Why Do People Blame Sexual Harassment On Women's Outfits?

Why Do People Blame Sexual Harassment On Women's Outfits?
Why are sexual harassment victims still questioning their clothing choices?
Why are sexual harassment victims still questioning their clothing choices?
Photo: Getty Images

If it were socially acceptable to wear anything, what would you wear?

That’s what one woman who was shamed for wearing a pencil skirt to work, wants to know. The question was recently posted on Quora by a woman named Pia Sari who wrote, “I know it doesn’t sound like a big deal to see a girl wearing a pencil skirt. However in my experience, it does. I was once wearing pencil skirt to work. Little did I know that it would somehow bring me trouble.”

She added, “Since the beginning of the day, I can’t say how many eyes were staring at me, not to mention my ass. I even got tons of comments from co-workers (particularly men) saying that I’m seductive and looking sexy and have a nice butt.”

“I don’t know if this can be categorized as sexual harassment as I didn’t feel comfortable with it,” she wrote, “but I found myself crying in the office toilet realizing that I can’t even wear pencil skirt without comments from guys and glowering from girls.

She concluded with a plea: “I just want to wear pencil skirt, guys. Just a pencil skirt.”

Women’s wardrobes are often cited as the cause of sexual crimes from an Indian politician blaming a mass molestation on women wearing “Western clothing” to a Canadian police officer telling a group of law students, “Women should avoid dressing like sluts in order not to be victimized,” and Donna Karan associating women’s clothing with the #MeToo movement. “Look at everything all over the world today and how women are dressing and what they are asking by just presenting themselves the way they do,” she told the Daily Mail in October. “What are they asking for? Trouble.”

Women also receive this message from a young age — across the country, teens are pushing back against the notion that school dress codes are necessary to divert male attention.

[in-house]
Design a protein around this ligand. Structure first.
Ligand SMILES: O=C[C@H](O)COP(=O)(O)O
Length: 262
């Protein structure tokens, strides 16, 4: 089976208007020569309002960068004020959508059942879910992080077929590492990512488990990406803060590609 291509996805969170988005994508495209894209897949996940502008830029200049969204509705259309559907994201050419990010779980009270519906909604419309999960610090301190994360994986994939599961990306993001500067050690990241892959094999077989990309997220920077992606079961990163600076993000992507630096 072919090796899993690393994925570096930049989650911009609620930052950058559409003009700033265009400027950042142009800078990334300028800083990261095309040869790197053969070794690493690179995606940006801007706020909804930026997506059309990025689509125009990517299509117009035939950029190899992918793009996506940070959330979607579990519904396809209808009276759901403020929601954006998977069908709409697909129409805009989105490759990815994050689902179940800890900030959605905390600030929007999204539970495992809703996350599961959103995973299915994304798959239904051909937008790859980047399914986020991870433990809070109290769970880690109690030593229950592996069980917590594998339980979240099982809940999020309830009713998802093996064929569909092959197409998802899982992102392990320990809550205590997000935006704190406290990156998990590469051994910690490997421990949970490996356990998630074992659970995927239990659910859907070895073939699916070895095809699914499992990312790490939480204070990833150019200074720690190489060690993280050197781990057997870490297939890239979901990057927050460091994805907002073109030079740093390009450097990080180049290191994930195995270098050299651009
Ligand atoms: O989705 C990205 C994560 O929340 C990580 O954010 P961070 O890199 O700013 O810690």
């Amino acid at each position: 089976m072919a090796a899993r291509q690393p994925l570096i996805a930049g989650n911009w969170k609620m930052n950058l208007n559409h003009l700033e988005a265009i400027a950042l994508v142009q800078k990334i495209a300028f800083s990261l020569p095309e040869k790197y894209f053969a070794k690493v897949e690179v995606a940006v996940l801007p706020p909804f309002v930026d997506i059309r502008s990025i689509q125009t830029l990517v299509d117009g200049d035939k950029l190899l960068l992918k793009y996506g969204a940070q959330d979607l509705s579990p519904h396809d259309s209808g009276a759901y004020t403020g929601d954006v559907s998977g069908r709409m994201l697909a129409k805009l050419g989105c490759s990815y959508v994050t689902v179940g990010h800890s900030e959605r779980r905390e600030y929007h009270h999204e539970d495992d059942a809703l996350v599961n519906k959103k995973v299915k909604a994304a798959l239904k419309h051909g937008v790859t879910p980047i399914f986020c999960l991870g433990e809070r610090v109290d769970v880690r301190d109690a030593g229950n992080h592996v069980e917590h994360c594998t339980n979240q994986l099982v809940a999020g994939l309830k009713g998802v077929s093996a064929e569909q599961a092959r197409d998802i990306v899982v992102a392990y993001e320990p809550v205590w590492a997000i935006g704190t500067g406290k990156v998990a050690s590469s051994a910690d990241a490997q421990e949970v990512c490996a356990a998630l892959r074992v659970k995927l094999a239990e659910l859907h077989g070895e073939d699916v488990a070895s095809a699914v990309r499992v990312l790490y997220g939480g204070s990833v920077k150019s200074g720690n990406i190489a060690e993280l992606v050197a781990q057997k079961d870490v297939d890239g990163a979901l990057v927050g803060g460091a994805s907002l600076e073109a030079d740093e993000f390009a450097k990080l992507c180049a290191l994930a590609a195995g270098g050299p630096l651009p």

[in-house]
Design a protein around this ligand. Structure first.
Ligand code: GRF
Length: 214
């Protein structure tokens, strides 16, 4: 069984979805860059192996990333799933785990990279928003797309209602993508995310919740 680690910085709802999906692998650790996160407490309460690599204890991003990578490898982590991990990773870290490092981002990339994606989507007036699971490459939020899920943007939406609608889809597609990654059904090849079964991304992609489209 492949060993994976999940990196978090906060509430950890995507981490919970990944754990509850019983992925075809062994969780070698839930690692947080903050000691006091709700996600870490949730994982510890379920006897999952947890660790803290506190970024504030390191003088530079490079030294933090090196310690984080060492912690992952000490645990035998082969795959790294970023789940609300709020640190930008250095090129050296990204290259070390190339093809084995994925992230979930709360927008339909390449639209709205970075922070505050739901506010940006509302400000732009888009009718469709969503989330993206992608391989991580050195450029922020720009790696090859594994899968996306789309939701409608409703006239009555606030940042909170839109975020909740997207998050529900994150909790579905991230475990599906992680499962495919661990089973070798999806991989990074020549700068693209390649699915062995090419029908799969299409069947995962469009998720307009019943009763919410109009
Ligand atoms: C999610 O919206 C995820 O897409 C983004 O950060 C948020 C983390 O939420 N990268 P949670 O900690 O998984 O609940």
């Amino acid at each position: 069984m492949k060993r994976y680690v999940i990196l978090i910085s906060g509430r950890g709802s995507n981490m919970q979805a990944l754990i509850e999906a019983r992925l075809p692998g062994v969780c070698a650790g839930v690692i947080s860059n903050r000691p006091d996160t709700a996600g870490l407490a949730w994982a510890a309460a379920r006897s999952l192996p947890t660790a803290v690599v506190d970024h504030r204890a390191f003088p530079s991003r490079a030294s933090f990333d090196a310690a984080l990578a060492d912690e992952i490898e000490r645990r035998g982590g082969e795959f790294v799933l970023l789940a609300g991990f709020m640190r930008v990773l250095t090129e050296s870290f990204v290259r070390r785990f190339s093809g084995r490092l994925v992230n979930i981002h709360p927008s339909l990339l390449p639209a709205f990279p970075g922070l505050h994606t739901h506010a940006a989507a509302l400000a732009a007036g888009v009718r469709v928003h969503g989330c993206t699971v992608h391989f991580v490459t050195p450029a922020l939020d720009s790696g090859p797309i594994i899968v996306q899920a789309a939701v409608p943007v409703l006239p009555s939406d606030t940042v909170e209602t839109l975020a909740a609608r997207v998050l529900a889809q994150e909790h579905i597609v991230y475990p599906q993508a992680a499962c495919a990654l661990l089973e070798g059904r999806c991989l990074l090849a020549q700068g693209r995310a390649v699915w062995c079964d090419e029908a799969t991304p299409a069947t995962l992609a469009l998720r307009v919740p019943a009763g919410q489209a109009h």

So, it’s not too surprising that some women who are victims of harassment or other types of sex crimes, second-guess their clothing, or in Sari’s case: “Little did I know that [the skirt] would somehow bring me trouble.”

The notion of “victim-blaming” was studied back in 1966, when two behavioral scientists at the University of Kentucky named Melvin Lerner and Carolyn H. Simmons published groundbreaking research on the need for humans to live in a “just world” by rationalizing that victims, even their own, were somehow deserving of their circumstances.

Per the study, “It seems obvious that most people cannot afford, for the sake of their own sanity, to believe in a world governed by a schedule of random reinforcements. To maintain the belief that there is an appropriate fit between effort and outcome, the person must construe this as a relatively “objective” belief—one that applies to everyone (Festinger, 19S4). If this is true, then the person who sees suffering or misfortune will be motivated to believe that the unfortunate victim in some sense merited his fate.”

In the same vein, if we can point to controllable, outside factors (such as, a skirt) as the reason for her assault, it makes us feel safer.

“We often see this with rape victims — often the first question they’ll ask is, ‘Why me?’ It stems from the human need to find an explanation for injustice and distance themselves from the feeling that life is random,” Sandra Shullman, Ph.D., a psychologist who specializes in harassment and hostile work environments, tells Yahoo Lifestyle.

“Women’s wardrobes have long been used as an excuse for sex crimes, however, when you look at the data on why people rape, that doesn’t hold up,” she says. “One study showed that rapists stated clothing as the reason for their crimes but their victims were wearing a range of outfits from revealing to snowsuits. These are arguments to transfer the responsibility of control and power from the perpetrator to the victim.

When it comes to sex crimes, Shullman says, “clothing just doesn’t matter.”

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